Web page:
Calculating interval names
8th November, 2018
Given two notes, how might we work out the name of the interval between?
What makes an interval a minor third or major third, a perfect fourth or an augmented fourth, and so on? And in keeping with the approach of this site, how might we write an algorithm to calculate interval names?
There are often multiple approaches to introducing a concept in music theory, just as there are in pure mathematics. You can start with X and develop Y from that, or start with Y and develop it into X. So this is just one way to think about interval naming but it's precise and hopefully insightful at some level. We'll explore alternatives in future posts.
There are multiple ways to characterise intervals: frequency ratios, semitone distance, etc. But in this post we're particularly interested in names like "major third" and "diminished seventh" consisting of a ordinal number (such as "third" or "fourth") and a quality (such as "major", "minor", or "perfect").
Like the notation of pitch we discussed in How a five-line stave does so much, this naming of intervals is deeply associated with diatonic scales.
In fact, the derivation of the number part of the interval name is simple:
the number part of the interval name is always an indication of the distance in letter name between the pitches (and therefore the distance on the staff).
Somewhat confusingly for programmers and the mathematically inclined, the distance between a letter and itself is 1, not 0; and the distance between, say, A and B is 2.
The interval between a C-something and an E-something above it is always a third regardless of whether the C or E is natural, sharp, flat, double-sharp, or double-flat. Equivalently, if two notes are in adjacent spaces on the staff or on adjacent lines, then the number part of the interval is a "third" regardless of the key or any accidentals.
In the above example, we know this is a third even without knowing the clef or key.
This immediately gives just one example of why, say, A-sharp and B-flat are not the same. They are not only notated differently on a staff but the interval between, say, G and A-sharp is a second whereas that between G and B-flat is a third. Letter names, interval numbers, and the placement of notes on a musical staff are all closely related.
This also means that the number of semitones between two pitches is not enough to give you the interval name. Both the G to A-sharp and G to B-flat interval are three semitones but, as we've said, one is a second and the other a third. The semitone distance is, however, relevant to the interval quality.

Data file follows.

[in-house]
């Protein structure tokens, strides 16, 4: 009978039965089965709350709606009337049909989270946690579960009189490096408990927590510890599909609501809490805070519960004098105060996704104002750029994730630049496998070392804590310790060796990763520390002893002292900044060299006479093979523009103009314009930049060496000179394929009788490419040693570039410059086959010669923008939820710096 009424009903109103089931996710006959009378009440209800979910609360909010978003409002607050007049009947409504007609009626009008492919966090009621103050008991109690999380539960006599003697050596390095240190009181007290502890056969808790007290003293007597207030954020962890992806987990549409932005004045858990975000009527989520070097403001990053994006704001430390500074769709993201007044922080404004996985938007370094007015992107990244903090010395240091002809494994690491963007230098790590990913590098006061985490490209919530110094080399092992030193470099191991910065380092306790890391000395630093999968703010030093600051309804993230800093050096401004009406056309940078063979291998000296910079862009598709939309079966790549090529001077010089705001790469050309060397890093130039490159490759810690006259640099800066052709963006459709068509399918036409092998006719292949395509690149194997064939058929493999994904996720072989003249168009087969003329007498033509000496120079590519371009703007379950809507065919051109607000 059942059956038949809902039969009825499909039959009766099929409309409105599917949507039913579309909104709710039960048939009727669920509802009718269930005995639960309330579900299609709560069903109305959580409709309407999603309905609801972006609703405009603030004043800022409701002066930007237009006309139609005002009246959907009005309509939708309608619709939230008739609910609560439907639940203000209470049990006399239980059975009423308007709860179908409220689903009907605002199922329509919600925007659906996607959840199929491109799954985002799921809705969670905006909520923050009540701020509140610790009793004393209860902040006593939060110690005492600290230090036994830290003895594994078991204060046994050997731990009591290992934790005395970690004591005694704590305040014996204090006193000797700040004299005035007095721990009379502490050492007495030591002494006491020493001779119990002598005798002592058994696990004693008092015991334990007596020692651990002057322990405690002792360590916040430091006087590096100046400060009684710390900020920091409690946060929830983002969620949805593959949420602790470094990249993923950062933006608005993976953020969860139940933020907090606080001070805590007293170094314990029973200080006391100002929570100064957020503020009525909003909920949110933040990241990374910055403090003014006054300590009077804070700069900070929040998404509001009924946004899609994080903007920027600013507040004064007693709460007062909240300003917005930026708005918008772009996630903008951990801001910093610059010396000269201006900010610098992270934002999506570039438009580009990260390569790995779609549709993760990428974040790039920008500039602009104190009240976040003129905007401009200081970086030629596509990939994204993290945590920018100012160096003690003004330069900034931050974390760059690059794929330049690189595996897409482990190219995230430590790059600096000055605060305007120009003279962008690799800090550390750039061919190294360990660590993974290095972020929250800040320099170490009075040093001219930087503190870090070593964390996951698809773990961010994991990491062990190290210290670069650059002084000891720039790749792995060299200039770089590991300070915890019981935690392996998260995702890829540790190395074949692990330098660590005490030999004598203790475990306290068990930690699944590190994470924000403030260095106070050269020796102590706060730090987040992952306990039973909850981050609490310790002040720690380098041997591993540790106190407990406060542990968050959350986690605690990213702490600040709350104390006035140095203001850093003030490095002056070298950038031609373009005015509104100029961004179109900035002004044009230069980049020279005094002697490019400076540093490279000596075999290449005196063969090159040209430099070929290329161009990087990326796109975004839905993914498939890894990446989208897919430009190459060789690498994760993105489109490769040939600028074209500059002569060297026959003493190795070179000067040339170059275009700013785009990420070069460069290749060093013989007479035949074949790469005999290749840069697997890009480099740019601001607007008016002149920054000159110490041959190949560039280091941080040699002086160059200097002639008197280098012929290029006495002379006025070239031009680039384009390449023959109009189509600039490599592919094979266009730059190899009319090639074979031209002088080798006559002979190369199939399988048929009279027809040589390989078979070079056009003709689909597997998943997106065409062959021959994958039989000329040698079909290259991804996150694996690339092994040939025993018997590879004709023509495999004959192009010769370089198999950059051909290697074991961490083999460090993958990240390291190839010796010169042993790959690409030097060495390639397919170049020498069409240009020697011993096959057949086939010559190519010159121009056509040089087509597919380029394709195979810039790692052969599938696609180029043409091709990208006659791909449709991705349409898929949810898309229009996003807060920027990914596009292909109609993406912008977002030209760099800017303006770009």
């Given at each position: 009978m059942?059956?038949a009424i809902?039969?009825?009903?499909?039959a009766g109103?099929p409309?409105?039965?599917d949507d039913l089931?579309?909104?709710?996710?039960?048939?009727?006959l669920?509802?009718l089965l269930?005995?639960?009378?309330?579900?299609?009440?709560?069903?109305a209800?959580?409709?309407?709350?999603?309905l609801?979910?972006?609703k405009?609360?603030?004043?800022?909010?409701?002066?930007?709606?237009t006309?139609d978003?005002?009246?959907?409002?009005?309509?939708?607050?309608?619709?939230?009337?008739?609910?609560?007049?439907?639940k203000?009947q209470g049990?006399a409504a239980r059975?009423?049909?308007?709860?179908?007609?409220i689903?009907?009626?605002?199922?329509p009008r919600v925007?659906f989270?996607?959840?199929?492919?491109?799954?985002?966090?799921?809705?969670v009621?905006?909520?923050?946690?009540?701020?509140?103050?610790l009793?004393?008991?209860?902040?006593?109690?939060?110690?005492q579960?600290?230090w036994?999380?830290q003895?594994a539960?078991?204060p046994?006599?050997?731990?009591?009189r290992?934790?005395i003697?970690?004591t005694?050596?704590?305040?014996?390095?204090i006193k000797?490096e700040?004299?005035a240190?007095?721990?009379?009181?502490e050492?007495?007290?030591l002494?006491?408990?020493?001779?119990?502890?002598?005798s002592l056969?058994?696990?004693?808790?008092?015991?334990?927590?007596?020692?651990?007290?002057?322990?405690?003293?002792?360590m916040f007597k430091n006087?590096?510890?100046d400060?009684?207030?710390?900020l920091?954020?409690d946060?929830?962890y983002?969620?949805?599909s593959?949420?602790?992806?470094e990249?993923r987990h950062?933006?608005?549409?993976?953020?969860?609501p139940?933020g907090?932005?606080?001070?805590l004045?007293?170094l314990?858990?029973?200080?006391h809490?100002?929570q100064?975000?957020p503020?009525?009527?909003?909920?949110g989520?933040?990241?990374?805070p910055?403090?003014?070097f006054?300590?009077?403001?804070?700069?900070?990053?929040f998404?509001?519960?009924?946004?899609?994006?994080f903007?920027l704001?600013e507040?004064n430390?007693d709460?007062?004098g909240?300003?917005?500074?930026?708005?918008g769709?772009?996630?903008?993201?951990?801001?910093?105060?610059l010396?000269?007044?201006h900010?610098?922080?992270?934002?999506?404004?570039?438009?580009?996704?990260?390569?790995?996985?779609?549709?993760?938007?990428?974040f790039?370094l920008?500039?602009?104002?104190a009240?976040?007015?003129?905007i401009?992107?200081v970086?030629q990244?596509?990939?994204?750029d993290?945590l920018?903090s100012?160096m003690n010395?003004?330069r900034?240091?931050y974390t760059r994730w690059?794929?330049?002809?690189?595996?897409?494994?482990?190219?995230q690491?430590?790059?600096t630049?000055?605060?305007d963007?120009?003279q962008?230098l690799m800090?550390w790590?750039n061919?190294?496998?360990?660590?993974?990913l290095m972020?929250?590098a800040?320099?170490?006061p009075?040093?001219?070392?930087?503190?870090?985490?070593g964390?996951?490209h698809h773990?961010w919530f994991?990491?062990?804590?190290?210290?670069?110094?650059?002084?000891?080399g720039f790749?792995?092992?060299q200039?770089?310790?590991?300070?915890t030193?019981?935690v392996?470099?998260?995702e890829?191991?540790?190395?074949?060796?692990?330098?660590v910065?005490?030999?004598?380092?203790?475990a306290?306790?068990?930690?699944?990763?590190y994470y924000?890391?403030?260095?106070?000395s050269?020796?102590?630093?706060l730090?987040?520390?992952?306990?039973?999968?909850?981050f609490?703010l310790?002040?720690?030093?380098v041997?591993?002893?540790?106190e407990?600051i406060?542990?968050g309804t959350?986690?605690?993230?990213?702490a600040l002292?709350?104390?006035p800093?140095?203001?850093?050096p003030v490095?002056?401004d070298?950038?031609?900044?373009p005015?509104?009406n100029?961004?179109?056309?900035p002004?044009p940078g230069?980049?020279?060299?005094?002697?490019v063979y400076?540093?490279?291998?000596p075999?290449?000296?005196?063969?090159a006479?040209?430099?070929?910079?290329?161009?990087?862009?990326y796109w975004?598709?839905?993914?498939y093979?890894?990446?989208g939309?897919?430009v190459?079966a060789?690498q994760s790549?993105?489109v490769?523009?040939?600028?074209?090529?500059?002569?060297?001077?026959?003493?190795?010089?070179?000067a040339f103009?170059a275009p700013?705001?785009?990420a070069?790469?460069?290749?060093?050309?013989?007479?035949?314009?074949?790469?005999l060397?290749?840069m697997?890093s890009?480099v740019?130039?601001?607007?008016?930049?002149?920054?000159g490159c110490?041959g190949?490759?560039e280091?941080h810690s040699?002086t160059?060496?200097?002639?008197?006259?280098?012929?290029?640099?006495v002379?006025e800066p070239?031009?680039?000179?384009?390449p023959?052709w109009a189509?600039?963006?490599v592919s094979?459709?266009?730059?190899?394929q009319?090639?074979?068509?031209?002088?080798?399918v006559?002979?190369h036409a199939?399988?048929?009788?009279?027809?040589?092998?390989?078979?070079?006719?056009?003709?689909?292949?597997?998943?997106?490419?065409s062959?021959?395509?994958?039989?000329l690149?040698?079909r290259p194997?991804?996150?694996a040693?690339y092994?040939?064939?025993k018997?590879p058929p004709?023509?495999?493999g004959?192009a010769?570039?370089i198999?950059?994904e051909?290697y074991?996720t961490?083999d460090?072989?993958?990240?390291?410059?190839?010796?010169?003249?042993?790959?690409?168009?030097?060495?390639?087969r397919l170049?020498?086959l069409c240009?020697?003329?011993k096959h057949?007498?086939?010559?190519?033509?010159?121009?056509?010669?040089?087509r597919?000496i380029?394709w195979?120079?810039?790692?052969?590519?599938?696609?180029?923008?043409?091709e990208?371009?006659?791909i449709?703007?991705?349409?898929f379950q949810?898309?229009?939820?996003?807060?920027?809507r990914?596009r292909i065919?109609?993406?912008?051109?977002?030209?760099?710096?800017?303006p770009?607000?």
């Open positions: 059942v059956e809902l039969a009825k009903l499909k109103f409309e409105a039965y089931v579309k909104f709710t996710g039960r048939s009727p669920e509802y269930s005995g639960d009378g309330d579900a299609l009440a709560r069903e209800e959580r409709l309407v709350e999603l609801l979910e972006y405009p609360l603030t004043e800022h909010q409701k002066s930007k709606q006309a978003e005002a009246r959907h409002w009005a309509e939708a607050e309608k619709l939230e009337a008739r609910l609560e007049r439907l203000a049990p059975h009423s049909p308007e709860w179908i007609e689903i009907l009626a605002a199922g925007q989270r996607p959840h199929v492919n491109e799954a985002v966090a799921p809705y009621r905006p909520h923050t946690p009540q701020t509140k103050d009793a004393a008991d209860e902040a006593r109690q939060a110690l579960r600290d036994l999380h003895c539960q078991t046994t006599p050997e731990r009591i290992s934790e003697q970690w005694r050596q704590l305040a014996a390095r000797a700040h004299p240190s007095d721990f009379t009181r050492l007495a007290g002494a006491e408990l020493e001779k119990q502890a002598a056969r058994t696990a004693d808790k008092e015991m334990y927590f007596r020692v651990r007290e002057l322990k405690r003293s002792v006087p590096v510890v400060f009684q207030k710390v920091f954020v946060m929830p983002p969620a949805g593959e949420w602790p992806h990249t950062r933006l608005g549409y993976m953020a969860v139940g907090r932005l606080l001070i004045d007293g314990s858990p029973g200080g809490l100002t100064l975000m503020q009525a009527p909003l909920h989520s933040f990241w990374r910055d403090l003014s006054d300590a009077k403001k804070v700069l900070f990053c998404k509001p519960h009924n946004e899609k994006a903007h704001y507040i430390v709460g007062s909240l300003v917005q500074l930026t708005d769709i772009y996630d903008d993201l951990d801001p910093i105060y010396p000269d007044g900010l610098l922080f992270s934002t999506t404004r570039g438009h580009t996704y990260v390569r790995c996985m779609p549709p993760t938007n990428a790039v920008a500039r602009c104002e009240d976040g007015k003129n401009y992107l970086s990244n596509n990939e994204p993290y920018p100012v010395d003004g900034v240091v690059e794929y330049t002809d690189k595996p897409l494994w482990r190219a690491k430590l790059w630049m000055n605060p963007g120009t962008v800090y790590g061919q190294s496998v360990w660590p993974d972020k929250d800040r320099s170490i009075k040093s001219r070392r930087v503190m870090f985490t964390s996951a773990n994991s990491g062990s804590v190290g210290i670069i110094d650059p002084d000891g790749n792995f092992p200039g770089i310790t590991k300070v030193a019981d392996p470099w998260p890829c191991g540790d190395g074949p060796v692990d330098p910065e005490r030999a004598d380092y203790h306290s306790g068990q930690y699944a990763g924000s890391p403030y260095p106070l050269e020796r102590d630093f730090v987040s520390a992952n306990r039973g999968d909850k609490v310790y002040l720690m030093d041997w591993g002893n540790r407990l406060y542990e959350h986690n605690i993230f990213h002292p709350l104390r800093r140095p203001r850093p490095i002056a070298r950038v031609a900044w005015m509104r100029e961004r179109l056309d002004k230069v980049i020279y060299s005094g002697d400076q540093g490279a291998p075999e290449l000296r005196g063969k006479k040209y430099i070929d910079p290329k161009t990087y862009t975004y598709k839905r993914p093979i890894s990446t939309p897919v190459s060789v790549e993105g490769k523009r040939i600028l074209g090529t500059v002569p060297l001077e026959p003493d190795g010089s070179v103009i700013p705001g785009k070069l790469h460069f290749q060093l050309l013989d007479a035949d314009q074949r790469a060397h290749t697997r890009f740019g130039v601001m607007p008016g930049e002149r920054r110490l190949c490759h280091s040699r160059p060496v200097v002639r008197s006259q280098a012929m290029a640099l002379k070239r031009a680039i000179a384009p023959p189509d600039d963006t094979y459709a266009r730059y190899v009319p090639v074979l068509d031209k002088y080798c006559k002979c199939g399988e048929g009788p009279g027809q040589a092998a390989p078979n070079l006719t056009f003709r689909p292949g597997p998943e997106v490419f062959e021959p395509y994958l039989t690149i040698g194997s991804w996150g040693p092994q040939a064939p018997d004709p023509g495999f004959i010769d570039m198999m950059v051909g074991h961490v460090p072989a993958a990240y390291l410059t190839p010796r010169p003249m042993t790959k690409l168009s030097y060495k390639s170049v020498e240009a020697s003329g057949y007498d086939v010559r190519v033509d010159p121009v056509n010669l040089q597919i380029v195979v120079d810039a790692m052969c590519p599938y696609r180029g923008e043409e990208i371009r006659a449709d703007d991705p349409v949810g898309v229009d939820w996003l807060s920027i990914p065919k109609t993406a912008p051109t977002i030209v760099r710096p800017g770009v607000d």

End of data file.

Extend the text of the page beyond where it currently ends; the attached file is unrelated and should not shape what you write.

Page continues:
One way of approaching the naming of interval quality is to look at whether the semitone distance matches or deviates from what we would expect for the letter difference in a major key starting with the lower of the two notes.
|major scale semitones
The naming of a match (or of deviations) depends on whether the scale degree is marked with an † or not.
If the letter difference is the same as one of the scale degrees marked † (i.e. unison, fourth, fifth or octave) then the quality is named as follows:
If the letter difference is the same as one of the other scale degrees (i.e. second, third, sixth, seventh) then the quality is named as follows:
Further deviations, although rare, can be accommodated with the notion of a double-diminished interval, a double-augmented interval, and so on.
So by looking at the letter difference, the expected semitone difference, and the deviation of the actual semitone difference from that expectation, we can produce the complete interval name.
In a later post, I'll provide Python code for doing exactly this. We'll also look at different ways of representing pitches that has an impact on the complexity of the interval name calculation.
Notice that both the names of pitches and of intervals have multiple components. Pitch names have a letter (C, D, E, etc) with some modifier (natural, flat, sharp, etc) and intervals have a number (unison, second, third, fourth, etc) and quality (perfect, minor, major, diminished, augmented, etc). These are both results of the diatonic bias we've seen before and will explore in a lot more detail later.
And if you're wondering what is special about the "perfect" scale degrees marked †, we'll talk about that in a future post too. It might be tempting to think they are the ones whose expected semitone interval is the same in both the major and minor scales. This would be nice because it would also justify the names "major" and "minor" for the other interval qualities. This is almost true but falls down in the case of scale degree 2 which is "major" in both the major and minor keys.
As with everything here, there's still lots more to say. This is just the beginning of modelling intervals.